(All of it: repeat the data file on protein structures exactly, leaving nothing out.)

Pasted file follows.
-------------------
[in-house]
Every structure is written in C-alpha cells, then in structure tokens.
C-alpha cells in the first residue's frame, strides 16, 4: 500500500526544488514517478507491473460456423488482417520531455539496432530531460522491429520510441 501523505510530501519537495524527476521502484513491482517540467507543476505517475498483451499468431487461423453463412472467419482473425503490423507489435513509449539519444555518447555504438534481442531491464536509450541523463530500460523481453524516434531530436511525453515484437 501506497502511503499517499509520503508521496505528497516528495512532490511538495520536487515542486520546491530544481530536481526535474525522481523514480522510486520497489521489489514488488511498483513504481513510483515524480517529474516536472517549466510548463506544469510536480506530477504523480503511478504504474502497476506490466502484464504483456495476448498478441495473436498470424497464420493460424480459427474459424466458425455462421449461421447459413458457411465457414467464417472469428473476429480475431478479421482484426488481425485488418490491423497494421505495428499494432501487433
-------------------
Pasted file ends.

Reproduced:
[in-house]
Every structure is written in C-alpha cells, then in structure tokens.
C-alpha cells in the first residue's frame, strides 16, 4: 500500500526544488514517478507491473460456423488482417520531455539496432530531460522491429520510441 501523505510530501519537495524527476521502484513491482517540467507543476505517475498483451499468431487461423453463412472467419482473425503490423507489435513509449539519444555518447555504438534481442531491464536509450541523463530500460523481453524516434531530436511525453515484437 501506497502511503499517499509520503508521496505528497516528495512532490511538495520536487515542486520546491530544481530536481526535474525522481523514480522510486520497489521489489514488488511498483513504481513510483515524480517529474516536472517549466510548463506544469510536480506530477504523480503511478504504474502497476506490466502484464504483456495476448498478441495473436498470424497464420493460424480459427474459424466458425455462421449461421447459413458457411465457414467464417472469428473476429480475431478479421482484426488481425485488418490491423497494421505495428499494432501487433